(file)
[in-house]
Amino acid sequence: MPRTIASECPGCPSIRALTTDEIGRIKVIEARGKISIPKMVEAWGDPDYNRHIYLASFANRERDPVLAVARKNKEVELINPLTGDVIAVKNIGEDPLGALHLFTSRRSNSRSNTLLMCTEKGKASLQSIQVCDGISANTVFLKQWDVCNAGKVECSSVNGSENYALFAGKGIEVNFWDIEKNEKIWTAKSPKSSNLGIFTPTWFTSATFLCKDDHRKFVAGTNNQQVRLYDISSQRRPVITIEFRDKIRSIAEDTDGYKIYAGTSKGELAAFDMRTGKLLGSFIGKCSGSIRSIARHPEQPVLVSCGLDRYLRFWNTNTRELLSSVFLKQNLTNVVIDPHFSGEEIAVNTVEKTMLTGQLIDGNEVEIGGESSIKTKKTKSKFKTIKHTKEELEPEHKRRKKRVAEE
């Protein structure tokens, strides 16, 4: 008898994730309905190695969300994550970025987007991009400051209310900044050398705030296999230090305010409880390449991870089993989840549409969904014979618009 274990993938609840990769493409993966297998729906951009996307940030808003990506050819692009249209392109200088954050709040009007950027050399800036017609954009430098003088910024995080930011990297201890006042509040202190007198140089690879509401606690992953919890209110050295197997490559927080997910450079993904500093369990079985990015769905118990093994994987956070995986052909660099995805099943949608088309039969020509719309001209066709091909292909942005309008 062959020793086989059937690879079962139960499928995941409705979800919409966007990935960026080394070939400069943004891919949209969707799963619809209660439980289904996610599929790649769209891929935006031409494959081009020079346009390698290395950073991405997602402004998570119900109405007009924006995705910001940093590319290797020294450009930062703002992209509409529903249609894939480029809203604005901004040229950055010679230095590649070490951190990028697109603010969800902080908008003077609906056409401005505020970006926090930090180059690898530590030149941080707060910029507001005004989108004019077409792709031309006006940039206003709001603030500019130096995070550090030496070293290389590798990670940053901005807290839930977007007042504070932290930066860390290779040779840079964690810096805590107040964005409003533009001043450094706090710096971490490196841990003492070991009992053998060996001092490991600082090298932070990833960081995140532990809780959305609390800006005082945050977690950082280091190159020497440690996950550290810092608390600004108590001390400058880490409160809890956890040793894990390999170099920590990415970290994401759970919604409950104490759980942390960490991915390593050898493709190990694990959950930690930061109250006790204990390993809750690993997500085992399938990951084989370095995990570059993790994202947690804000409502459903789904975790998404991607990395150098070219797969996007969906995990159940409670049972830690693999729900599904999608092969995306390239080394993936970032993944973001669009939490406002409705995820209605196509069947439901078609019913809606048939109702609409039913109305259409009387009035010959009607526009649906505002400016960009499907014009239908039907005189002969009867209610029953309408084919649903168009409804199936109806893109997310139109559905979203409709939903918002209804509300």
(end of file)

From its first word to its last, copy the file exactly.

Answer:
[in-house]
Amino acid sequence: MPRTIASECPGCPSIRALTTDEIGRIKVIEARGKISIPKMVEAWGDPDYNRHIYLASFANRERDPVLAVARKNKEVELINPLTGDVIAVKNIGEDPLGALHLFTSRRSNSRSNTLLMCTEKGKASLQSIQVCDGISANTVFLKQWDVCNAGKVECSSVNGSENYALFAGKGIEVNFWDIEKNEKIWTAKSPKSSNLGIFTPTWFTSATFLCKDDHRKFVAGTNNQQVRLYDISSQRRPVITIEFRDKIRSIAEDTDGYKIYAGTSKGELAAFDMRTGKLLGSFIGKCSGSIRSIARHPEQPVLVSCGLDRYLRFWNTNTRELLSSVFLKQNLTNVVIDPHFSGEEIAVNTVEKTMLTGQLIDGNEVEIGGESSIKTKKTKSKFKTIKHTKEELEPEHKRRKKRVAEE
């Protein structure tokens, strides 16, 4: 008898994730309905190695969300994550970025987007991009400051209310900044050398705030296999230090305010409880390449991870089993989840549409969904014979618009 274990993938609840990769493409993966297998729906951009996307940030808003990506050819692009249209392109200088954050709040009007950027050399800036017609954009430098003088910024995080930011990297201890006042509040202190007198140089690879509401606690992953919890209110050295197997490559927080997910450079993904500093369990079985990015769905118990093994994987956070995986052909660099995805099943949608088309039969020509719309001209066709091909292909942005309008 062959020793086989059937690879079962139960499928995941409705979800919409966007990935960026080394070939400069943004891919949209969707799963619809209660439980289904996610599929790649769209891929935006031409494959081009020079346009390698290395950073991405997602402004998570119900109405007009924006995705910001940093590319290797020294450009930062703002992209509409529903249609894939480029809203604005901004040229950055010679230095590649070490951190990028697109603010969800902080908008003077609906056409401005505020970006926090930090180059690898530590030149941080707060910029507001005004989108004019077409792709031309006006940039206003709001603030500019130096995070550090030496070293290389590798990670940053901005807290839930977007007042504070932290930066860390290779040779840079964690810096805590107040964005409003533009001043450094706090710096971490490196841990003492070991009992053998060996001092490991600082090298932070990833960081995140532990809780959305609390800006005082945050977690950082280091190159020497440690996950550290810092608390600004108590001390400058880490409160809890956890040793894990390999170099920590990415970290994401759970919604409950104490759980942390960490991915390593050898493709190990694990959950930690930061109250006790204990390993809750690993997500085992399938990951084989370095995990570059993790994202947690804000409502459903789904975790998404991607990395150098070219797969996007969906995990159940409670049972830690693999729900599904999608092969995306390239080394993936970032993944973001669009939490406002409705995820209605196509069947439901078609019913809606048939109702609409039913109305259409009387009035010959009607526009649906505002400016960009499907014009239908039907005189002969009867209610029953309408084919649903168009409804199936109806893109997310139109559905979203409709939903918002209804509300």